HC Deb 15 July 1976 vol 915 cc1122-4

Amendments made: No. 202, in page 160, line 20, column 3, at beginning insert 'Section 24(2)'.

No. 279, in line 32, leave out 'Section 14(3)'.

No. 195, in line 36, column 3, at beginning insert 'Section 30(1) and (2)'.

No. 203, in line 36, column 3, at beginning insert Section 32'.—[Mr. Denzil Davies.]

Mr. Robert Sheldon

I beg to move Amendment No. 204, in page 161, line 9, at end insert— '8. The repeal of section 24(2) of the Income and Corporation Taxes Act 1970 and section 32 of the Finance (No. 2) Act 1975 does not affect the operation of those provisions in relation to any allowance or benefit payable in respect of a period before the appointed day for the purposes of the Child Benefit Act 1975 and the Child Benefit (Northern Ireland) Order 1975.'. Amendments Nos. 204 to 206 are additions to the repeal schedule consequential upon Government New Clause 23 dealing with the tax treatment of child benefit.

Amendment agreed to.

Amendments made: No. 217, in page 161, column 3, leave out lines 15 to 18 and insert— 'In section 19, in subsection (2)(a)(iii) and (iv) the word "with"; and subsection (7).'

No. 205, in page 162, line 4, column 3, at beginning insert— 'in section 22(3)(a), the words from "and resident" to "occurred".'.—[Mr. Robert Sheldon.]

Amendment proposed: No. 206, in page 162, column 3, leave out lines 6 and 7 and insert— 'In Schedule 5—in paragraph 4(6), the words from "and resident" to "end"; in paragraph 6(6), the words from "and resident" to the end; paragraph 6(7); paragraph 12(8); in paragraph 14(5), the words from "and resident" to the end.'.—[Mr. Robert Sheldon.]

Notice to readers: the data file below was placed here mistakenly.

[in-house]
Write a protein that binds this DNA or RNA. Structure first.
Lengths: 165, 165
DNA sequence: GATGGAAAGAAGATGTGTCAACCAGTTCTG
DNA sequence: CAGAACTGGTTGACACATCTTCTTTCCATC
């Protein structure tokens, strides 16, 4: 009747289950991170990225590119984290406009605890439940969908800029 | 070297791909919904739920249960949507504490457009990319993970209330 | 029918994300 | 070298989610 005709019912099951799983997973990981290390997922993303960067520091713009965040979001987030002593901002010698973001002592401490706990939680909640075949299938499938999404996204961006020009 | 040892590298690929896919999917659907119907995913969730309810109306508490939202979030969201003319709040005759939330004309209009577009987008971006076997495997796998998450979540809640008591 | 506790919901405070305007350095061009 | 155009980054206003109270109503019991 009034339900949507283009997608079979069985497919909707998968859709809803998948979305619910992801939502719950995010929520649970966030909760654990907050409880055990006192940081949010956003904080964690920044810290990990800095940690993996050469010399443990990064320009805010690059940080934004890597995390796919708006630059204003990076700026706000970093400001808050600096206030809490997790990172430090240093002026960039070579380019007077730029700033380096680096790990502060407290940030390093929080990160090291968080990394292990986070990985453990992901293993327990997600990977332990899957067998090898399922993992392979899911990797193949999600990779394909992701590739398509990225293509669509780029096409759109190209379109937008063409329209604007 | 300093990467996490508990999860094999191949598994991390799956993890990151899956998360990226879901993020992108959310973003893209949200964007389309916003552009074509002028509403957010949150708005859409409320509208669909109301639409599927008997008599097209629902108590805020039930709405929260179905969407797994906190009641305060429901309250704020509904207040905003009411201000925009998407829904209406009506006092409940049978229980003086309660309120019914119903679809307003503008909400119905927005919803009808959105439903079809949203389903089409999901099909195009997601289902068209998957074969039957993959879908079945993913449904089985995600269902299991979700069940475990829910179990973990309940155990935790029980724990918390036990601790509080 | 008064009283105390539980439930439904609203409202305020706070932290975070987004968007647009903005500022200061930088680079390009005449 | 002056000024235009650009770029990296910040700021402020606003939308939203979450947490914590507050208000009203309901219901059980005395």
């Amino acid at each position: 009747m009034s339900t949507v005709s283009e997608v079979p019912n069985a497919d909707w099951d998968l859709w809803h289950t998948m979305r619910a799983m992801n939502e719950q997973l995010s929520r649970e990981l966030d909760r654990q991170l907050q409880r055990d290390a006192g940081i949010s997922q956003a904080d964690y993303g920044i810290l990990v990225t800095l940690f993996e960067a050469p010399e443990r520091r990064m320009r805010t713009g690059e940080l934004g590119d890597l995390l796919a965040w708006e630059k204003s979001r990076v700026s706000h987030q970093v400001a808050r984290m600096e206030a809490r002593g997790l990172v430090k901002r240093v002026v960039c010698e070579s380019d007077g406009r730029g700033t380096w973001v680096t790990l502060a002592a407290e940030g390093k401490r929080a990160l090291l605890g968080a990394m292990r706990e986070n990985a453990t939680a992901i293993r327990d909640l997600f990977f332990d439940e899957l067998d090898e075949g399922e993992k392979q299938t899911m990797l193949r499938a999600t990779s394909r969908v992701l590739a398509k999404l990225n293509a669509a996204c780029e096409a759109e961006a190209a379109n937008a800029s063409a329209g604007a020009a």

Sir Geoffrey Howe

The last four words of the last amendment to the repeal schedule are 'and resident' to the end". Here we are, all resident to the end. We have listened to some remarkable things during the course of the night. At one point the Minister of State sounded as though he were giving an explanation in Welsh of a clause that had been written in Sanskrit. Clauses have passed by at such breathtaking speed that most of us have had little chance to understand them. Clauses of this importance and consequence for the citizen and taxpayer should not be treated, in the words of The Guardian leading article: literally as though they were going through a parliamentary sausage machine". In an earlier debate the Financial Secretary was manifestly nonplussed by his attempts to defend the fourth thoughts, which had replaced the third thoughts, on how to present a taxation system to cover benefits in kind represented by motor vehicles.

It is a lamentable way of dealing with fiscal legislation, one of the least impressive parts of our parliamentary machine. We can only join in mourning that we are "resident to the end" of this alleged legislative process. I do not wish to oppose the amendment, but simply to call for two minutes' silence.

2.30 a.m.

Mr. Robert Sheldon

I thought a point of substance was to be raised on this important amendment to this important schedule. I understood that the right hon. and learned Gentleman was likely to make a much wider and bigger point than the amendment suggests. Nobody can deny that our procedures are not the best that could be devised. How could we say that at 2.30 a.m. The argument goes a long way beyond the province of the Finance Bill, and has much to do with the way we organise our procedures.

There are Committees set up to deal precisely with these matters, and I hope that they will take note not only of what the hon. and learned Gentleman has said but of what has been felt by my hon. Friends, who have heard a number of speeches that have been less adequate and less comprehensve than might have been allowed by a time more suitable for discussiong some of the matters before us.

I accept that, but this it not the occasion to debate such matters.

Amendment agreed to.

Bill to be read the Third time this day, and to be printed. [Bill 206.]